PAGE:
We’ve said it above and we’ll say it again: You’re busy! Your time should be spent in production and case presentation. You should be doing the things only you, the doctor, can do. 

So this is your chance to develop a leader in your team. Ask a team member or two to help with social media. Outline specific goals and expectations and work together to get started. You need the help, and your team members want the practice to thrive, too. 

10. Consult a dental marketing team.

While things are slow, you may be able to consistently manage your own social media. But plan for the future by talking with a dental marketing team so you are poised to hand it over to professionals so you and your team can focus on production. 

Starting off DIYing it can put you in a better position to contribute in a more meaningful way to the efforts of your marketing team. And the tips above will also help you to evaluate your marketing team’s strategy. It must be a strategy built on connection to be successful.

If you need a few more resources to get moving, check these out:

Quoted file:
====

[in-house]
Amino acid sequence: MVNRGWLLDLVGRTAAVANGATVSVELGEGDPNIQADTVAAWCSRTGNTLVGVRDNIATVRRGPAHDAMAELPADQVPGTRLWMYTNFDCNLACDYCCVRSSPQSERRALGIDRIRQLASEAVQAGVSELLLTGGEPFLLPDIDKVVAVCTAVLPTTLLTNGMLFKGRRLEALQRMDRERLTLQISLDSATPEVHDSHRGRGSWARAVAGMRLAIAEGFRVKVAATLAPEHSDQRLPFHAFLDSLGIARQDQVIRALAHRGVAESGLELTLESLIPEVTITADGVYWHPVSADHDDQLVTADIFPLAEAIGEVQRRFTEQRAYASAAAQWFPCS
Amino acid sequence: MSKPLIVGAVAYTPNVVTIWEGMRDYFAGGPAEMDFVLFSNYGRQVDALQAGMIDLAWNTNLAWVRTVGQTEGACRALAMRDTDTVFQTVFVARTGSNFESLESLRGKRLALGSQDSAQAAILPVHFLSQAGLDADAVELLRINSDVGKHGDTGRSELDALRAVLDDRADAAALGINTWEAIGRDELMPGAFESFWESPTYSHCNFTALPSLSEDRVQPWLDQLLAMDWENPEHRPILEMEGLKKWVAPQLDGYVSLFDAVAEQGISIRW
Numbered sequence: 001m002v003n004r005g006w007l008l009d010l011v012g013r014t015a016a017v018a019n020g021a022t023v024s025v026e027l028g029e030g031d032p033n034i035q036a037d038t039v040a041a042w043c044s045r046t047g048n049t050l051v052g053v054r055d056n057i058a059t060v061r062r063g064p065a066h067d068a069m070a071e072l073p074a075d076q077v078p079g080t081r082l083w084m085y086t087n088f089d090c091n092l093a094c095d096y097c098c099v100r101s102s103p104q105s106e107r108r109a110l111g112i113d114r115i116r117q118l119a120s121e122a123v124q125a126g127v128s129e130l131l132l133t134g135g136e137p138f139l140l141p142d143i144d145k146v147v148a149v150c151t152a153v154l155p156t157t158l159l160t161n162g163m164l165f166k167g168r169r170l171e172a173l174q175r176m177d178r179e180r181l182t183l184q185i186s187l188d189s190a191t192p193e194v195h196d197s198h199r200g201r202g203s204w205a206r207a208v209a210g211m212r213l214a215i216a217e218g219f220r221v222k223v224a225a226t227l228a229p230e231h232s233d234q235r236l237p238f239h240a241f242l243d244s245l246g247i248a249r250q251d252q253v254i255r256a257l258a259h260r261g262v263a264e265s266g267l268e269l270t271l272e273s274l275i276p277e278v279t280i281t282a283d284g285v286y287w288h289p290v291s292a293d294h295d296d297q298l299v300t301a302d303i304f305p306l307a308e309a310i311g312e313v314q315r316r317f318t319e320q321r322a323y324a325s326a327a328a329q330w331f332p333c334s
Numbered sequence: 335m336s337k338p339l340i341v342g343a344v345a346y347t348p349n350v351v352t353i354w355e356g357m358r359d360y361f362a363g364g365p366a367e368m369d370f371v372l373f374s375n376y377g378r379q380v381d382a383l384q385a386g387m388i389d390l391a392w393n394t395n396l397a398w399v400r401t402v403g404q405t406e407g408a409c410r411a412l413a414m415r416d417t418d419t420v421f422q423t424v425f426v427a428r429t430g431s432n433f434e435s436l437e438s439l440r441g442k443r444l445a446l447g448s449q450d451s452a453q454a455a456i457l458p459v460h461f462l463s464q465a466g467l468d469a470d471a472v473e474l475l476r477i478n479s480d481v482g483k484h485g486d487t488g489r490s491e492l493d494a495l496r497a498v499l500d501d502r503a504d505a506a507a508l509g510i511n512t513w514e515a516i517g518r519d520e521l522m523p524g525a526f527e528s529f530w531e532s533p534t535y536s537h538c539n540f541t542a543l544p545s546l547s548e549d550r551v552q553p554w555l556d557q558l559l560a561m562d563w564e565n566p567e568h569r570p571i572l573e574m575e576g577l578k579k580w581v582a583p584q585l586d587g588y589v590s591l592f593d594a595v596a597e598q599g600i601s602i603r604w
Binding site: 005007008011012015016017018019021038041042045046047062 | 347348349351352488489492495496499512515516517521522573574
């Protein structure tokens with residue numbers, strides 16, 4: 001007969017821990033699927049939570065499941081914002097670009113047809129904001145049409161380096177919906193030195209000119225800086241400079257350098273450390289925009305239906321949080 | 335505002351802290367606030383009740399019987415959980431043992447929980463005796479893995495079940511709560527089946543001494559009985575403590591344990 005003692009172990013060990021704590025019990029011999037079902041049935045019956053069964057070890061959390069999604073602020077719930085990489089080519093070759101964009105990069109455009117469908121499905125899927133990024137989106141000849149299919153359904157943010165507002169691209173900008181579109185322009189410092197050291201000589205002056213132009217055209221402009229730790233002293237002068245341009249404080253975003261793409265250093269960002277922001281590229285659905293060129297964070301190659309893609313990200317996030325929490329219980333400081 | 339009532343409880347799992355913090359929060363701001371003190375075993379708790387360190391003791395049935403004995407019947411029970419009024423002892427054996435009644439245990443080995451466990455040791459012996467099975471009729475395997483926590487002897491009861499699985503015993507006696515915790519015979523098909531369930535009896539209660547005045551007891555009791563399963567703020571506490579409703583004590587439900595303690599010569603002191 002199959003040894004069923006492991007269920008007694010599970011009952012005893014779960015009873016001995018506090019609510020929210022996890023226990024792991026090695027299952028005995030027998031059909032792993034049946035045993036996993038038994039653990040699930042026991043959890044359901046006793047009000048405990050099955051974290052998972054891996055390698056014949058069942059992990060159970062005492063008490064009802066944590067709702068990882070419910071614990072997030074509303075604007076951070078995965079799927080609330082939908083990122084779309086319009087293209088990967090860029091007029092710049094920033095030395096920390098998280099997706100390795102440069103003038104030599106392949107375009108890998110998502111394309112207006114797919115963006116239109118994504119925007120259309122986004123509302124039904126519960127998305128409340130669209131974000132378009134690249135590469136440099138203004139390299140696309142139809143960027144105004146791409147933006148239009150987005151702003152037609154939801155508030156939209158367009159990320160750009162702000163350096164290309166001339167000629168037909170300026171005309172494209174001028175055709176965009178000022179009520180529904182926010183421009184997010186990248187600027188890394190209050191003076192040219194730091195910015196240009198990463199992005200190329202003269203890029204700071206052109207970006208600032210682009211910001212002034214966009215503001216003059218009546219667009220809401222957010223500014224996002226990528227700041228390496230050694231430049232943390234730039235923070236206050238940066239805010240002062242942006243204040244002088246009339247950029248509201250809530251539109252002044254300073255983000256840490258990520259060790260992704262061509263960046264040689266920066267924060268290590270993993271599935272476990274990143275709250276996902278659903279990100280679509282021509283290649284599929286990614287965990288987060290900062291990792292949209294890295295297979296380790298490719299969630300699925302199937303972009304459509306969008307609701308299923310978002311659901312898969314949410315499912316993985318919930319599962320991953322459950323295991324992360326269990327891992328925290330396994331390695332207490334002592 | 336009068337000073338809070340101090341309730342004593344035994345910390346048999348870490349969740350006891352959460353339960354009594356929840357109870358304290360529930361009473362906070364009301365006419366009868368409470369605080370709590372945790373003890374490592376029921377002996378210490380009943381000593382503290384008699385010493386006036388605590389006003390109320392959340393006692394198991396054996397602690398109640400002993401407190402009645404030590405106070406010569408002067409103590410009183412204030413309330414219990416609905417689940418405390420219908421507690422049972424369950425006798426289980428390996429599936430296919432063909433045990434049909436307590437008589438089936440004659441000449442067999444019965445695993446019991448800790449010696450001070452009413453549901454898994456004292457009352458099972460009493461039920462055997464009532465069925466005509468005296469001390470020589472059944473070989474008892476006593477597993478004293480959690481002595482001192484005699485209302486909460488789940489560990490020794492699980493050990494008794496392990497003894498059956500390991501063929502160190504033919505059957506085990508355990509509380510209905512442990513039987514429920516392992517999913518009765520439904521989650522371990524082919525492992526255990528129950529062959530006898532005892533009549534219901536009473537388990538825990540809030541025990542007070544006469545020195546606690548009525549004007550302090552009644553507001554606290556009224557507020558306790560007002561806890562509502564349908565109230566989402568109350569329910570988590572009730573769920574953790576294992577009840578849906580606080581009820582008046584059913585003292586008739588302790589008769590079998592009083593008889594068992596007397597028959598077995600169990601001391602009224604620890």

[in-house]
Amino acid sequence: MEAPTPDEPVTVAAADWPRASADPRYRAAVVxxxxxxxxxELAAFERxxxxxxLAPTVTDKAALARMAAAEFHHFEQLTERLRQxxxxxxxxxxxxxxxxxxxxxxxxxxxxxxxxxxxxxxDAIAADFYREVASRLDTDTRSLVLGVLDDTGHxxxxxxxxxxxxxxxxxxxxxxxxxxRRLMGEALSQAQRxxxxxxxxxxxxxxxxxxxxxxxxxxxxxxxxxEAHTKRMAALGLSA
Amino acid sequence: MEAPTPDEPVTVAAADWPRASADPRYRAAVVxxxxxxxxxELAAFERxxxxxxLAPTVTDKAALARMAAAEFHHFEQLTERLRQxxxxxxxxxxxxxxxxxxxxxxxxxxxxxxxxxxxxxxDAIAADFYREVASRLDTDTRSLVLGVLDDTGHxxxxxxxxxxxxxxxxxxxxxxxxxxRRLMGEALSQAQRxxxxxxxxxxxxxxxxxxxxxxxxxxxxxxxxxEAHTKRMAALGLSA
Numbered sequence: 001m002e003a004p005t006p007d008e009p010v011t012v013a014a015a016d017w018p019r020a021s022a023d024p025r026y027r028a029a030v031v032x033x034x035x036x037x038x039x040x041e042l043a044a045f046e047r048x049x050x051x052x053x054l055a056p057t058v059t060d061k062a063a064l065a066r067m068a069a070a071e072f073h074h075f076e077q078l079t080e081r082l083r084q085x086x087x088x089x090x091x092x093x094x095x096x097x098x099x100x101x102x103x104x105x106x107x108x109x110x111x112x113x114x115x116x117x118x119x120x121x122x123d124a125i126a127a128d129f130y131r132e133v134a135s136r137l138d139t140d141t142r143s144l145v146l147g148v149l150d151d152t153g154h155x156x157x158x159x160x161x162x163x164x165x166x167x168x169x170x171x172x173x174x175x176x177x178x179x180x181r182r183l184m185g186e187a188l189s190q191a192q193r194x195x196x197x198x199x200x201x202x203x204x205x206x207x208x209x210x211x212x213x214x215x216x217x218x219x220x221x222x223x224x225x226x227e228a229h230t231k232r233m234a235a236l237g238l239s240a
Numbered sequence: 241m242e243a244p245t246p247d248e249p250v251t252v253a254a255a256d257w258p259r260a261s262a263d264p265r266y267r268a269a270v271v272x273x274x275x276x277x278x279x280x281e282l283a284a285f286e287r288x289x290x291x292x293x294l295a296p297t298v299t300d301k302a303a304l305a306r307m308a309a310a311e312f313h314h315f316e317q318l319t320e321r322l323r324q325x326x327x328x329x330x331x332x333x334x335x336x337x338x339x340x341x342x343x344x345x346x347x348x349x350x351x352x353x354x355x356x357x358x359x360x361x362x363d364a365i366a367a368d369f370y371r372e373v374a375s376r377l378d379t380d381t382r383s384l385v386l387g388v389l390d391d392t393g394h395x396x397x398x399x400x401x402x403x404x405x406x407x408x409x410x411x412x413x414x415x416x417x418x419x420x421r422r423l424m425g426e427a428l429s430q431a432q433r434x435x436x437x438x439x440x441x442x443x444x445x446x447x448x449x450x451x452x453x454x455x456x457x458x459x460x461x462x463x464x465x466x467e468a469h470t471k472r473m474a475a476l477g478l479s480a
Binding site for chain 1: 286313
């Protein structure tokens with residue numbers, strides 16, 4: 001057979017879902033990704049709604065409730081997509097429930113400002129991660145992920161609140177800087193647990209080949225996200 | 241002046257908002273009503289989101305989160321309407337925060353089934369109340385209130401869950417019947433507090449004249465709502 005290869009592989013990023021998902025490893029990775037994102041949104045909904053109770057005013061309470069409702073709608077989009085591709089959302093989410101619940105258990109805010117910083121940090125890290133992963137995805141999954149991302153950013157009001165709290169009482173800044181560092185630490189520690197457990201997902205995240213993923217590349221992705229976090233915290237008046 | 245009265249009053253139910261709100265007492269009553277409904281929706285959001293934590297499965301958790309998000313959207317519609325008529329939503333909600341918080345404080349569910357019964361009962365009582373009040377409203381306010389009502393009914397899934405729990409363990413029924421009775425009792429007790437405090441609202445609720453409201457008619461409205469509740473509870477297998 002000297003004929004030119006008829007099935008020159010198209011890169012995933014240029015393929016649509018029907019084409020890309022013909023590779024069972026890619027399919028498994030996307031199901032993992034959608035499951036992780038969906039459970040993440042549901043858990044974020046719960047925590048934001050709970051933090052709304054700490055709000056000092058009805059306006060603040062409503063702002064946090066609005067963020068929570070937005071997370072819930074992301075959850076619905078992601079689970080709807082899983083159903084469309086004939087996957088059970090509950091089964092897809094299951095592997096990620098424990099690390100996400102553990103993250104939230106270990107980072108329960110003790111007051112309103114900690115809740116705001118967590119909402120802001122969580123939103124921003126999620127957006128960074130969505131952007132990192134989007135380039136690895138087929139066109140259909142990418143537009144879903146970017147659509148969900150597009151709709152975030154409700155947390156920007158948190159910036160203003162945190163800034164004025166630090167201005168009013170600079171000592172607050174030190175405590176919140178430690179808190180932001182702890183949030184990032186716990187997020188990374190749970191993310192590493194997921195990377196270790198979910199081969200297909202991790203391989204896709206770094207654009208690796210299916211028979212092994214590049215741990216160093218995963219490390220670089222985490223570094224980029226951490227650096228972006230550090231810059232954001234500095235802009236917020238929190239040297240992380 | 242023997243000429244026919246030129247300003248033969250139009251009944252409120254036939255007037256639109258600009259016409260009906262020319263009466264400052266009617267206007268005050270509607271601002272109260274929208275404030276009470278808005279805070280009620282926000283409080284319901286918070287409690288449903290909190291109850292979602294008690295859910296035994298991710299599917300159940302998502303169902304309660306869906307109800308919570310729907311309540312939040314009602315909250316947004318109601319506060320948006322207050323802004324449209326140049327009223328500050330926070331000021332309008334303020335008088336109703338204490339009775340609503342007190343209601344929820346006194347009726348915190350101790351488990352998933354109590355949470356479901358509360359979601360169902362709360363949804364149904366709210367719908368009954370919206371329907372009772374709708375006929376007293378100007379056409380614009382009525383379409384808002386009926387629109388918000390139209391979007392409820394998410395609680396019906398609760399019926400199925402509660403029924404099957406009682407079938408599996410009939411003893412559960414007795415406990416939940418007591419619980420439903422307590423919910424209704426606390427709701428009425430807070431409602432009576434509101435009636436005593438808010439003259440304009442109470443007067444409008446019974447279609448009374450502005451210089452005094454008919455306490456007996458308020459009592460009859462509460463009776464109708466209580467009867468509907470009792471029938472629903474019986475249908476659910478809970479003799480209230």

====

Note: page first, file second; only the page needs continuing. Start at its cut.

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10 Tips For Choosing a Name For Your Dental Practice https://jmsn.com/jobs/dental-marketing/10-things-to-consider-when-choosing-a-name-for-your-dental-practice/?utm_source=rss&utm_medium=rss&utm_campaign=10-things-to-consider-when-choosing-a-name-for-your-dental-practice https://jmsn.com/jobs/dental-marketing/10-things-to-consider-when-choosing-a-name-for-your-dental-practice/#respond Thu, 30 Apr 2020 16:33:16 +0000 https://jmsn.com/?p=215090 By Marisa Porter and Mindy SchoenemanChief Creative Strategist and Editor-in-Chief From the logo to your patients’ impression, to other practices in the city, here are 10 things to consider when…

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By Marisa Porter and Mindy Schoeneman
Chief Creative Strategist and Editor-in-Chief

From the logo to your patients’ impression, to other practices in the city, here are 10 things to consider when choosing a name for your dental practice.

Choosing a name for your practice is no small thing.

Do you use your name? Do you somehow use the name of the area in which you practice? Do you go with something that lets people know what type of dentistry you practice? There are as many different approaches to take as there are name possibilities. It can be overwhelming to choose! 

Seeing the big dental marketing picture is what we do every day. Here are 10 things to consider when picking a name for your dental practice.

1. It’s going to be everywhere.

Have you ever seen a sign for a business or practice that looks like someone couldn’t make up their mind when choosing a name, so they chose three instead?